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Saudi Arabia, UAE, Kuwait offer $2.5bn in aid for Jordan

Package is aimed at helping Jordan ease its economic crisis amid wave of anti-austerity protests
Jordanian King Abdullah II meets Saudi King Salman in Riyadh (AFP)

Saudi Arabia, the United Arab Emirates and Kuwait offered $2.5bn in aid for Jordan to ease its economic crisis following a wave of anti-austerity protests, Saudi state media announced early on Monday.

"In light of the close brotherly ties... it was agreed that the three countries would provide an economic aid package to Jordan totalling $2.5bn," the official Saudi Press Agency said.

The package, announced at a summit of the four nations in the holy city of Mecca, will include a deposit in the Jordanian central bank, World Bank guarantees, budgetary support over five years and financing for development projects, SPA said.

Other monarchies are worried that unrest in the US ally could spill over across the region where other countries such as Bahrain and Egypt have been facing similar challenges, Reuters reported.

The summit, called by Saudi King Salman, was attended by Jordan's King Abdullah II along with leaders of the United Arab Emirates and Kuwait.

Mass protests against price rises and a proposed tax hike have rocked Jordan in recent days as the government has pushed austerity measures to slash the country's debt in the face of an economic crisis.  

Earlier on Sunday, European Union foreign policy chief Federica Mogherini announced 20 million euros ($23.5m) in aid for Jordan.

Mogherini said Jordan can count on Europe, the Associated Press reported. "We are here not as a gesture of charity, if you allow me the expression, but as an investment," she said, adding that Jordan is located "in probably the most heated and difficult area of the world".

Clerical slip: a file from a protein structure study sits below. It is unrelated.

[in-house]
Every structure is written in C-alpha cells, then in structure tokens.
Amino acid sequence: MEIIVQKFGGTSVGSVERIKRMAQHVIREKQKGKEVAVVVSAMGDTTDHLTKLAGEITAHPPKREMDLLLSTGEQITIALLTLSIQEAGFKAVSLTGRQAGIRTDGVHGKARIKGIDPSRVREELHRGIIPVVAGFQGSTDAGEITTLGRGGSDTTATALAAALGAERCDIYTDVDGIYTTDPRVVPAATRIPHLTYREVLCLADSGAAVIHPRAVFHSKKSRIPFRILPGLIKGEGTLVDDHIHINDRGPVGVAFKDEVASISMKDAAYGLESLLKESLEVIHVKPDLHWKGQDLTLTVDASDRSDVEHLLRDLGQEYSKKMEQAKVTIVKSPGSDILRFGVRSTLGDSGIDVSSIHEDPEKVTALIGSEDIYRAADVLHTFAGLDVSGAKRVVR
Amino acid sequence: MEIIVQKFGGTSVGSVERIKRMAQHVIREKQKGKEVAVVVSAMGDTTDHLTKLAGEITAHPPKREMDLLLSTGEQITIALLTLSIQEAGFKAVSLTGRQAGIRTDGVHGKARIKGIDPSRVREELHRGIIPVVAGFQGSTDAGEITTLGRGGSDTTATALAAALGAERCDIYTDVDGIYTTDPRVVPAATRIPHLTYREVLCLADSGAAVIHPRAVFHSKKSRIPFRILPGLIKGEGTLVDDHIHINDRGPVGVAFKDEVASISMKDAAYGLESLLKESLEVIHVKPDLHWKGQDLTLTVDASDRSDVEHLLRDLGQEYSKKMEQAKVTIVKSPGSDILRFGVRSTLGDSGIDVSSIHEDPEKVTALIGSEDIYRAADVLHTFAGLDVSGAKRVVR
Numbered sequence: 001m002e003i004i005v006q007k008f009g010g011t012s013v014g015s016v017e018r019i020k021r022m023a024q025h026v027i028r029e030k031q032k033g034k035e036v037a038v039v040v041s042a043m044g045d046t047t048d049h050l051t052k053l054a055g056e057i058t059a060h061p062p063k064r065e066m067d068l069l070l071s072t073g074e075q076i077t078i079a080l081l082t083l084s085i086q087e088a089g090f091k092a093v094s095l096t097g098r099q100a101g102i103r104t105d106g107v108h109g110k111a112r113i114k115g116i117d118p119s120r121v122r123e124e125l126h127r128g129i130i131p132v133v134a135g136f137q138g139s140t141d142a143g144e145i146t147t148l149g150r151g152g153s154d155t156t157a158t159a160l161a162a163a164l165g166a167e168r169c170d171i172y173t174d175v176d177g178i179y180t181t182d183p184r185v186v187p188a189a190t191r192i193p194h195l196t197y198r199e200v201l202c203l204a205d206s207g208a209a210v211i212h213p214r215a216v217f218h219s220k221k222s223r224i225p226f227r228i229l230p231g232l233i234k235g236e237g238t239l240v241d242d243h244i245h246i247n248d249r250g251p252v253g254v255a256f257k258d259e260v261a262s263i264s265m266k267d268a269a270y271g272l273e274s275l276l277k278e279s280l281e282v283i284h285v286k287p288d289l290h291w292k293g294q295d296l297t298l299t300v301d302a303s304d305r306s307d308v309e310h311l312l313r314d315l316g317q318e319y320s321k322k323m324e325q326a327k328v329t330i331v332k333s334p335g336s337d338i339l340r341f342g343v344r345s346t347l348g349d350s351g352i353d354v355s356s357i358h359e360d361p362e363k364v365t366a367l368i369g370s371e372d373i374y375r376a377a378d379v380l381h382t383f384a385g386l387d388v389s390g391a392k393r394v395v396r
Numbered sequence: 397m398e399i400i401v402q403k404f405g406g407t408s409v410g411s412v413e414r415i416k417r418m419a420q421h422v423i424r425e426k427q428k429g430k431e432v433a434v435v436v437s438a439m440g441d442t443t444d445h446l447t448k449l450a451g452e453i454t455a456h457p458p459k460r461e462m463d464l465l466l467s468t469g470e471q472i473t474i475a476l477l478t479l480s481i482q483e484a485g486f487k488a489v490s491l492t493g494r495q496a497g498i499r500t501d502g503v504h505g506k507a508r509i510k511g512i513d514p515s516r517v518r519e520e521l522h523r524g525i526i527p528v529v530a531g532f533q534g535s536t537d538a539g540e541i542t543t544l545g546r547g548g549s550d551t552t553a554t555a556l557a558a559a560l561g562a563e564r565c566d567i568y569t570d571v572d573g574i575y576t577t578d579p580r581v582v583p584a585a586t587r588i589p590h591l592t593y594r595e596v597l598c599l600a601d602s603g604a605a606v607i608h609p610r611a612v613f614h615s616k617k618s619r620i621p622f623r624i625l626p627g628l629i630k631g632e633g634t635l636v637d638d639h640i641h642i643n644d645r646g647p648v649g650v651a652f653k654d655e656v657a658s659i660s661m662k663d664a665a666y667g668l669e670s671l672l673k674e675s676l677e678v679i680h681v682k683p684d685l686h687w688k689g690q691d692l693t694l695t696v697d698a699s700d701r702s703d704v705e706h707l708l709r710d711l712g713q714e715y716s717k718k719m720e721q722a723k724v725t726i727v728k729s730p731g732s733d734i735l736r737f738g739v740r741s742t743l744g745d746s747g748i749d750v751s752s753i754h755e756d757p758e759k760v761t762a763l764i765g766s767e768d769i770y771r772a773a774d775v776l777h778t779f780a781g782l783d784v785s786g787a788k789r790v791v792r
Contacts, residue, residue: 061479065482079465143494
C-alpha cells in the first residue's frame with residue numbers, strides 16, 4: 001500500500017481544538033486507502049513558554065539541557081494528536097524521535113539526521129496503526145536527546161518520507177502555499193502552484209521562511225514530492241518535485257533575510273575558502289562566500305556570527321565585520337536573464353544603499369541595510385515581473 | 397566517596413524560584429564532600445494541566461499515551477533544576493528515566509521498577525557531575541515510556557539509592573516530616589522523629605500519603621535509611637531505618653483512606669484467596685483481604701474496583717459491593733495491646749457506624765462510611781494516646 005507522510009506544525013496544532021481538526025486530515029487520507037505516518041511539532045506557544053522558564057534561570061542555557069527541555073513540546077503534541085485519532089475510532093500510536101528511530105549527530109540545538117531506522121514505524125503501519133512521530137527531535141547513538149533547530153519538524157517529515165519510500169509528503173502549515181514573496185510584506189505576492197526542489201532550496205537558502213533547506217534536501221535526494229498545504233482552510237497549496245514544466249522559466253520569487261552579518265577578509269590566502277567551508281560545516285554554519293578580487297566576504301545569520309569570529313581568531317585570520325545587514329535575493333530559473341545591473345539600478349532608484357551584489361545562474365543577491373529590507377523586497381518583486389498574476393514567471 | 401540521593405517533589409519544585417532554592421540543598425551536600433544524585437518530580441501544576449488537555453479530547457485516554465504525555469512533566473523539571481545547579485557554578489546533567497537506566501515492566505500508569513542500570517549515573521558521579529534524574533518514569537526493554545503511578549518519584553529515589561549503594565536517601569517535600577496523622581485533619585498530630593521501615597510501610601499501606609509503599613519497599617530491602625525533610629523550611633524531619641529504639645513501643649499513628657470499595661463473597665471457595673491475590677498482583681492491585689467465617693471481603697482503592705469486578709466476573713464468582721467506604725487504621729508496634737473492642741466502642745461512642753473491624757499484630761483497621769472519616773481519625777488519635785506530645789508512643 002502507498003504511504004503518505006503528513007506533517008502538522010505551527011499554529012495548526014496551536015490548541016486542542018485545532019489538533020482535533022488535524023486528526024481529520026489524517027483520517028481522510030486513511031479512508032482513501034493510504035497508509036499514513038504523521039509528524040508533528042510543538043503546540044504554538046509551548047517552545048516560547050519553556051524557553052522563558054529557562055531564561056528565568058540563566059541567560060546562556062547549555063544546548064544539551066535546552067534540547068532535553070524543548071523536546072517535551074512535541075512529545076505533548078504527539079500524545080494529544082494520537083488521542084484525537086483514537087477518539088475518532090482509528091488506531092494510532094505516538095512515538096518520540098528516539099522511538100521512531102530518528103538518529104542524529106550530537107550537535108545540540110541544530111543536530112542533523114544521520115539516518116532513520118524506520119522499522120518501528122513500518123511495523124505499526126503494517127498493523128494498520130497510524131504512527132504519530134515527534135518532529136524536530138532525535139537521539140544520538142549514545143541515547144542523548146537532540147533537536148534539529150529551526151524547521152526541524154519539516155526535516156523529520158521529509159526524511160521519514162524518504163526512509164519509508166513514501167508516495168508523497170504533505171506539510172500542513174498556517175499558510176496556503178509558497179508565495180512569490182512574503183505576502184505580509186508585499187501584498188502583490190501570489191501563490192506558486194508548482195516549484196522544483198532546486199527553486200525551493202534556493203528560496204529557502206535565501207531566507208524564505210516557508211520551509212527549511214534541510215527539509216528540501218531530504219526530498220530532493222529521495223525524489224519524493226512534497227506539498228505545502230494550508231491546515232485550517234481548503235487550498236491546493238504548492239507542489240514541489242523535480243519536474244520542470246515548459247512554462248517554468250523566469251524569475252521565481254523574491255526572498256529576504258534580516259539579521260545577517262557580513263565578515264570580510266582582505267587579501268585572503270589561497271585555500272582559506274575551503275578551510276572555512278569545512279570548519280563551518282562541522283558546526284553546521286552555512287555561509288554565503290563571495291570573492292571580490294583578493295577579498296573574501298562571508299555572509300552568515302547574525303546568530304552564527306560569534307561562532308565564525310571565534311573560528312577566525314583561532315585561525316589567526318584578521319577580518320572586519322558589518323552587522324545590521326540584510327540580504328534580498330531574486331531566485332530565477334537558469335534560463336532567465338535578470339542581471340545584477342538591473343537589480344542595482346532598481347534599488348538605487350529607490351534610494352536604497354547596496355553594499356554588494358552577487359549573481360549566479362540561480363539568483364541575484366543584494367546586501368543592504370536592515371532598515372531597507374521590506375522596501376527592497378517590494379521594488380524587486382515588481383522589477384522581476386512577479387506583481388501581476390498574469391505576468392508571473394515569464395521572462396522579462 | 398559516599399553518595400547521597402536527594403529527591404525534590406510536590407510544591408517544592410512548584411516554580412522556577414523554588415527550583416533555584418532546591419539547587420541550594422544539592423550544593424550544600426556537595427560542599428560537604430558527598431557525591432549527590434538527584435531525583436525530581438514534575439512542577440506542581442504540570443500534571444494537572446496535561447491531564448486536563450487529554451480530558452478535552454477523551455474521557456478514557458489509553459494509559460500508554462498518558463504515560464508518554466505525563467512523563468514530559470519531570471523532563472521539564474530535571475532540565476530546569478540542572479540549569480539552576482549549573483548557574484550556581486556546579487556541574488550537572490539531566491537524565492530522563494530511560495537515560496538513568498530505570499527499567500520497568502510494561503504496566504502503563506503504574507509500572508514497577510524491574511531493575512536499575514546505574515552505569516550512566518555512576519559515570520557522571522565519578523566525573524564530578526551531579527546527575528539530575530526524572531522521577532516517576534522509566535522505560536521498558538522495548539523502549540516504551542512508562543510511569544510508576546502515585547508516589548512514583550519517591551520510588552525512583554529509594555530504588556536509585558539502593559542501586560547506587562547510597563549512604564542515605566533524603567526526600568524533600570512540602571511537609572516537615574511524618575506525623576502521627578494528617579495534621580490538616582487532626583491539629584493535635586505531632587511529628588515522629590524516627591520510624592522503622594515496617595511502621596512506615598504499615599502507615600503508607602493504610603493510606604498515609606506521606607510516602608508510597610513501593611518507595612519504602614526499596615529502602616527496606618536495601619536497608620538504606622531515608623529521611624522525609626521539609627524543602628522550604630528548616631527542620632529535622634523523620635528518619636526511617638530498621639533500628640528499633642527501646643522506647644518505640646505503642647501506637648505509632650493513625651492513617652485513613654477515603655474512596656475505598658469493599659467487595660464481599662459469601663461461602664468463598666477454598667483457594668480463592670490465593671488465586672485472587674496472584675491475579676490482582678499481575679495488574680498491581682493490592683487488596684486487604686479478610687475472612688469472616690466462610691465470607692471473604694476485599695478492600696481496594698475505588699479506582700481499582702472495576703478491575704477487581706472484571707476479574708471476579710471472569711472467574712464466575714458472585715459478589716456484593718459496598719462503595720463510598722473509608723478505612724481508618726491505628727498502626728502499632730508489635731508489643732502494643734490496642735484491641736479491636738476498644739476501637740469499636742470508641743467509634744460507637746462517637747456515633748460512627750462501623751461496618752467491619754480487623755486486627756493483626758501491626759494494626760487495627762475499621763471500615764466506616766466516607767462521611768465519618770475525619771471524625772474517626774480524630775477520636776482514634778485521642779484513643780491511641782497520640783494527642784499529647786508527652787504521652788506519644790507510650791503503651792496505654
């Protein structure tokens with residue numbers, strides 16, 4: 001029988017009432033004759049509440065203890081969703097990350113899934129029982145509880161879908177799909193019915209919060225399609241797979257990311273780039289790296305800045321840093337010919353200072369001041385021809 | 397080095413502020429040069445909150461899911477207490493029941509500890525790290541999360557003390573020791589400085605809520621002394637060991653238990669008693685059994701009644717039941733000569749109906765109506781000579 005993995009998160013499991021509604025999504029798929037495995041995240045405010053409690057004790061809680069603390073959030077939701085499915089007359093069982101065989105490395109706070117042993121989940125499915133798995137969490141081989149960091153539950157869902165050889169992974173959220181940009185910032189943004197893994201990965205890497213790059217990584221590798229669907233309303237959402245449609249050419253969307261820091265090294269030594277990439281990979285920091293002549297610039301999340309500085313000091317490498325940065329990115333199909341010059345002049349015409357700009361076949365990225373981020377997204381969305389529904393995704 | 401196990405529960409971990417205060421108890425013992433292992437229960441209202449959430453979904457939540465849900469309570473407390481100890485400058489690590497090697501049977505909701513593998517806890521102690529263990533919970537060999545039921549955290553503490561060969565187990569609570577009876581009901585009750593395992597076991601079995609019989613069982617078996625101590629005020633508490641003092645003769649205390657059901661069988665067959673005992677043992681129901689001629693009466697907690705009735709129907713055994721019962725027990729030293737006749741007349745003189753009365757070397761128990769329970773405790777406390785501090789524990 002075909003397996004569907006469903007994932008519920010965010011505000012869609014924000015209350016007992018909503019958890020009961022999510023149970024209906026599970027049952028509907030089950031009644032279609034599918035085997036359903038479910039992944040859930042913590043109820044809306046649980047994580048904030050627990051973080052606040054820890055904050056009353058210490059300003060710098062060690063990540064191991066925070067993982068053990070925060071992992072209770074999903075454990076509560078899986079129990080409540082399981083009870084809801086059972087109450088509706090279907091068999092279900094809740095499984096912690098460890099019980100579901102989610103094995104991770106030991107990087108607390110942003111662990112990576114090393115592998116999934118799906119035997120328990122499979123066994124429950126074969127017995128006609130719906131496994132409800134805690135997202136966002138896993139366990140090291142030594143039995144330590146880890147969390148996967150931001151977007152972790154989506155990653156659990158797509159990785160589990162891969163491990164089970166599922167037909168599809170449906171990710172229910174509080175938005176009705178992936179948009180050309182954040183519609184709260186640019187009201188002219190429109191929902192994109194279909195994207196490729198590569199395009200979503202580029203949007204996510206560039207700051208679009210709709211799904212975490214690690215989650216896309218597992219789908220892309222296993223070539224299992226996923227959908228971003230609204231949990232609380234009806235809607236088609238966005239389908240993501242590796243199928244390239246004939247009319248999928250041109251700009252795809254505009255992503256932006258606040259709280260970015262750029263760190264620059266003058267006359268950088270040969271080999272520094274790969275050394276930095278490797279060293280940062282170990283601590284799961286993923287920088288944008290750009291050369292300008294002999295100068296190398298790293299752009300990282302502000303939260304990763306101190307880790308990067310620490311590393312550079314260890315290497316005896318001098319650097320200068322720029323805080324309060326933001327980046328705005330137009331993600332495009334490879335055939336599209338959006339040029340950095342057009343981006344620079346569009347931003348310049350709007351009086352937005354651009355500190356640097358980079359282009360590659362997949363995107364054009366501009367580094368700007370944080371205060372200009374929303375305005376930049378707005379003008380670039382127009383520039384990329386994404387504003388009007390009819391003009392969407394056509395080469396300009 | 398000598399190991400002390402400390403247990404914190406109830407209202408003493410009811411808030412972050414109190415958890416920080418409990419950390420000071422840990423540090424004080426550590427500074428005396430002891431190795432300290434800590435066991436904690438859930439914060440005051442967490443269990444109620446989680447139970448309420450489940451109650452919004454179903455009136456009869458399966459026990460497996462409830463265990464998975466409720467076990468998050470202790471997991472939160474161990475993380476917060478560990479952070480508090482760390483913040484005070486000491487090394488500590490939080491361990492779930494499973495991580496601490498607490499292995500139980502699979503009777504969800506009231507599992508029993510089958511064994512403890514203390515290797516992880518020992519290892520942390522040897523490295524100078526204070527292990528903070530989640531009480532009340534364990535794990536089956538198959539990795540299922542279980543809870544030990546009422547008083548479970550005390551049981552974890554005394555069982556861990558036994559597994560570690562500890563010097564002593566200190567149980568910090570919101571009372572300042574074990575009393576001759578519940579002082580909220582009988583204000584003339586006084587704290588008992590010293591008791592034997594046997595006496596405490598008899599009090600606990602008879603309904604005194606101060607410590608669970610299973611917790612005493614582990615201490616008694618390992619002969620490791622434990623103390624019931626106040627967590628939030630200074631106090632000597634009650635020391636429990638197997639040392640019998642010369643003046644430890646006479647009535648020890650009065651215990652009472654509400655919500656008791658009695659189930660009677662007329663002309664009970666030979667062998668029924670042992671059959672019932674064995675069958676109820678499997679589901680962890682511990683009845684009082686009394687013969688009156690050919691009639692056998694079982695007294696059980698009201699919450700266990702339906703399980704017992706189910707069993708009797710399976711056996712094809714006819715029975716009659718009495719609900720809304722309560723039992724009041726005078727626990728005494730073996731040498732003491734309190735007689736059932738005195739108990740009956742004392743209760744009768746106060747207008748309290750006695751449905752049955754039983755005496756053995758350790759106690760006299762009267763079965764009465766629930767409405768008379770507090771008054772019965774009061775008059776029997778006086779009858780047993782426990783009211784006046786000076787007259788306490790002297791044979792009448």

"We understand the needs," she said. "We understand the pressure, the urgency, and so we deliver our support."

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Cash-strapped Jordan, a close US ally that relies heavily on donors, is struggling to curb its debt after securing a $723m loan from the International Monetary Fund in 2016.

Austerity measures tied to the loan have seen prices of basic necessities increase across the kingdom, culminating in a week of angry protests over tax proposals that forced prime minister Hani Mulki to resign.

The authorities on 7 June announced they were withdrawing the unpopular legislation, but still face a mammoth task to balance popular demands with the need to reduce the public debt burden. 

Jordan blames its economic woes on instability rocking the region and the burden of hosting hundreds of thousands of refugees from war-torn Syria, complaining it has not received enough international support. 

The World Bank says Jordan has "weak growth prospects" this year, while 18.5 percent of the working-age population is unemployed.

The Gulf aid package appears driven by the desire to avoid a repeat of the 2011 Arab Spring uprisings, which saw pent-up public anger spilling onto the street across the Middle East, analysts say.

"The speed and the gravity with which the Gulf states are responding is a very clear testament to their concern and determination to nip this unrest in Jordan in the bud," Lori Boghardt, a senior fellow at the Washington Institute for Near East Policy, told AFP.

"They are going to do all they can to thwart another Arab spring on their doorstep."

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